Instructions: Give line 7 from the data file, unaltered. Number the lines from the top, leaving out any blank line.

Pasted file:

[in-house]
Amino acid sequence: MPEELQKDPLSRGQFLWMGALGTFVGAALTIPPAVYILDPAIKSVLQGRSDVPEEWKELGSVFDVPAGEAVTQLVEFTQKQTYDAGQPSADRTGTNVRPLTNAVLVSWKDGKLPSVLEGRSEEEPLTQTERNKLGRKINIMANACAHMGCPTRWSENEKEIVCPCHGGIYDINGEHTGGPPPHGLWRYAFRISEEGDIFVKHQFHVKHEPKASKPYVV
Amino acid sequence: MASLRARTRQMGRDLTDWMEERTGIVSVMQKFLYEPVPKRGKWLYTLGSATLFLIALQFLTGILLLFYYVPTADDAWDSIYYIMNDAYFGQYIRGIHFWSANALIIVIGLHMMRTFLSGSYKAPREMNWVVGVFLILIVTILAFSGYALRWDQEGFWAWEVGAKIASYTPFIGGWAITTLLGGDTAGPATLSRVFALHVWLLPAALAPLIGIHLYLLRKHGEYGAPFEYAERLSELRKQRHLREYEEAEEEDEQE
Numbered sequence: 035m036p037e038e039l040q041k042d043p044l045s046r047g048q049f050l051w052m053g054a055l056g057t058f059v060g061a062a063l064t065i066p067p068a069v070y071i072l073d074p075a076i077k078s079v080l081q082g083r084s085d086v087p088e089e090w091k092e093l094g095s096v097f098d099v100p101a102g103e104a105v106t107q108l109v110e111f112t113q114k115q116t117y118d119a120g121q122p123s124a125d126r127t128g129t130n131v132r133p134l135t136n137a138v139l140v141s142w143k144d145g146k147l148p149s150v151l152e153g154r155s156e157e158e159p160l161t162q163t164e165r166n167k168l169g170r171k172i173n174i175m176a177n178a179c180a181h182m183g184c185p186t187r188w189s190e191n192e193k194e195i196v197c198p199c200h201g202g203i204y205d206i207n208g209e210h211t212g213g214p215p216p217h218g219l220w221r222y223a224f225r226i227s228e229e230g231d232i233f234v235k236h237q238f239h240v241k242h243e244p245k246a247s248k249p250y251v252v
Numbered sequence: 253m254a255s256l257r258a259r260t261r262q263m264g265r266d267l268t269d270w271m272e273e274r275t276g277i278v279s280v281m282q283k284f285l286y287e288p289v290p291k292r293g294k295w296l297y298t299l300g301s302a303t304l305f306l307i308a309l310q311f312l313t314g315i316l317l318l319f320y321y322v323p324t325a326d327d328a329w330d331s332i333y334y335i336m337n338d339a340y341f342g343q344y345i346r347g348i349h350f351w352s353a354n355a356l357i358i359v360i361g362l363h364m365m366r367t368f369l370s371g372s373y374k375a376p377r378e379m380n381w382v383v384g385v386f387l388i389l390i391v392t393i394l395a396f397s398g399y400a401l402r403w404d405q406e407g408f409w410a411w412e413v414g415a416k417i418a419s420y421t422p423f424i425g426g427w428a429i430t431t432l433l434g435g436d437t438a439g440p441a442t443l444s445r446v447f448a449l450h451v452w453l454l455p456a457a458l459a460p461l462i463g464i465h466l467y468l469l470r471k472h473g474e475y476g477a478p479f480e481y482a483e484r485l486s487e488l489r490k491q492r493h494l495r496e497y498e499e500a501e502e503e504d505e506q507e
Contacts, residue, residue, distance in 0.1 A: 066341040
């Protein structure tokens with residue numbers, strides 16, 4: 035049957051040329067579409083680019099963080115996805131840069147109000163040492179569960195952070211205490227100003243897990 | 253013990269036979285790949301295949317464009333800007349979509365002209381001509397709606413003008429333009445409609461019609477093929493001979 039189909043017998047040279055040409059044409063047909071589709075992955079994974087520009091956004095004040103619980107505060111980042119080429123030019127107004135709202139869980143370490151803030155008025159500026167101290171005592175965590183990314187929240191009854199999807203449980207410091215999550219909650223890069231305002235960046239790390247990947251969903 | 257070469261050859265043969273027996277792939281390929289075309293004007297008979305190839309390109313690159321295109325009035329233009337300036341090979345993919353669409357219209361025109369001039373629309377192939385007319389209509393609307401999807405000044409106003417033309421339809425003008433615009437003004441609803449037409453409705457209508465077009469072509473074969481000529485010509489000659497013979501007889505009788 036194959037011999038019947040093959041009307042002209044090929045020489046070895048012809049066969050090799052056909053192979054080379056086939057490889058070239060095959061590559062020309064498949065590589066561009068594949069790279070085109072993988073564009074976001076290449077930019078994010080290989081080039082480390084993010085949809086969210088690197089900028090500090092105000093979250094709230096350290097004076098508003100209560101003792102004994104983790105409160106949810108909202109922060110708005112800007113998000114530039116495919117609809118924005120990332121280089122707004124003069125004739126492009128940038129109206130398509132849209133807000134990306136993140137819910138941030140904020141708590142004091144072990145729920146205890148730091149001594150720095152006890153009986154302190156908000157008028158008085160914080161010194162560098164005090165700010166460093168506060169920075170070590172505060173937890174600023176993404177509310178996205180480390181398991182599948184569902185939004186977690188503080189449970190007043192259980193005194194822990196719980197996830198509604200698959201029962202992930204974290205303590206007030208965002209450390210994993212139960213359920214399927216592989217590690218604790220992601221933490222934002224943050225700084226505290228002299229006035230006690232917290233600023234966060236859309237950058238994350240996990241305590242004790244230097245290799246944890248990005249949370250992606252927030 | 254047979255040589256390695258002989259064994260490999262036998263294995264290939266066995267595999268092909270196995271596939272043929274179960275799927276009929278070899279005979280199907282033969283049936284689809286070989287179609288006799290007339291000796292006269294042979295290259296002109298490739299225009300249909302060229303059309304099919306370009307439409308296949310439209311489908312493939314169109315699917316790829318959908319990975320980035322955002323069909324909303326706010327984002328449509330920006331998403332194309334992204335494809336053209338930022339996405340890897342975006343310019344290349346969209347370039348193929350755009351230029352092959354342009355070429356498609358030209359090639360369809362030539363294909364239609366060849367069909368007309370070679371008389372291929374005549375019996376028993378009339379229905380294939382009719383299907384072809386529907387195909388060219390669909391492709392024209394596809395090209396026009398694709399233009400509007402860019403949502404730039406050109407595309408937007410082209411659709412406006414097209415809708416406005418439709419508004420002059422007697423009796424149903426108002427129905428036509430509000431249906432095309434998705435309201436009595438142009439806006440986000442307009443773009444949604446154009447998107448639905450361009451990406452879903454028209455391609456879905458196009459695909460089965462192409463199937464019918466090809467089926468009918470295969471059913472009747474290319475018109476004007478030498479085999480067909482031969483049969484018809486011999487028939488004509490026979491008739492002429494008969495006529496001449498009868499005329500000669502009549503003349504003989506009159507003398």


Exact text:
């Protein structure tokens with residue numbers, strides 16, 4: 035049957051040329067579409083680019099963080115996805131840069147109000163040492179569960195952070211205490227100003243897990 | 253013990269036979285790949301295949317464009333800007349979509365002209381001509397709606413003008429333009445409609461019609477093929493001979 039189909043017998047040279055040409059044409063047909071589709075992955079994974087520009091956004095004040103619980107505060111980042119080429123030019127107004135709202139869980143370490151803030155008025159500026167101290171005592175965590183990314187929240191009854199999807203449980207410091215999550219909650223890069231305002235960046239790390247990947251969903 | 257070469261050859265043969273027996277792939281390929289075309293004007297008979305190839309390109313690159321295109325009035329233009337300036341090979345993919353669409357219209361025109369001039373629309377192939385007319389209509393609307401999807405000044409106003417033309421339809425003008433615009437003004441609803449037409453409705457209508465077009469072509473074969481000529485010509489000659497013979501007889505009788 036194959037011999038019947040093959041009307042002209044090929045020489046070895048012809049066969050090799052056909053192979054080379056086939057490889058070239060095959061590559062020309064498949065590589066561009068594949069790279070085109072993988073564009074976001076290449077930019078994010080290989081080039082480390084993010085949809086969210088690197089900028090500090092105000093979250094709230096350290097004076098508003100209560101003792102004994104983790105409160106949810108909202109922060110708005112800007113998000114530039116495919117609809118924005120990332121280089122707004124003069125004739126492009128940038129109206130398509132849209133807000134990306136993140137819910138941030140904020141708590142004091144072990145729920146205890148730091149001594150720095152006890153009986154302190156908000157008028158008085160914080161010194162560098164005090165700010166460093168506060169920075170070590172505060173937890174600023176993404177509310178996205180480390181398991182599948184569902185939004186977690188503080189449970190007043192259980193005194194822990196719980197996830198509604200698959201029962202992930204974290205303590206007030208965002209450390210994993212139960213359920214399927216592989217590690218604790220992601221933490222934002224943050225700084226505290228002299229006035230006690232917290233600023234966060236859309237950058238994350240996990241305590242004790244230097245290799246944890248990005249949370250992606252927030 | 254047979255040589256390695258002989259064994260490999262036998263294995264290939266066995267595999268092909270196995271596939272043929274179960275799927276009929278070899279005979280199907282033969283049936284689809286070989287179609288006799290007339291000796292006269294042979295290259296002109298490739299225009300249909302060229303059309304099919306370009307439409308296949310439209311489908312493939314169109315699917316790829318959908319990975320980035322955002323069909324909303326706010327984002328449509330920006331998403332194309334992204335494809336053209338930022339996405340890897342975006343310019344290349346969209347370039348193929350755009351230029352092959354342009355070429356498609358030209359090639360369809362030539363294909364239609366060849367069909368007309370070679371008389372291929374005549375019996376028993378009339379229905380294939382009719383299907384072809386529907387195909388060219390669909391492709392024209394596809395090209396026009398694709399233009400509007402860019403949502404730039406050109407595309408937007410082209411659709412406006414097209415809708416406005418439709419508004420002059422007697423009796424149903426108002427129905428036509430509000431249906432095309434998705435309201436009595438142009439806006440986000442307009443773009444949604446154009447998107448639905450361009451990406452879903454028209455391609456879905458196009459695909460089965462192409463199937464019918466090809467089926468009918470295969471059913472009747474290319475018109476004007478030498479085999480067909482031969483049969484018809486011999487028939488004509490026979491008739492002429494008969495006529496001449498009868499005329500000669502009549503003349504003989506009159507003398």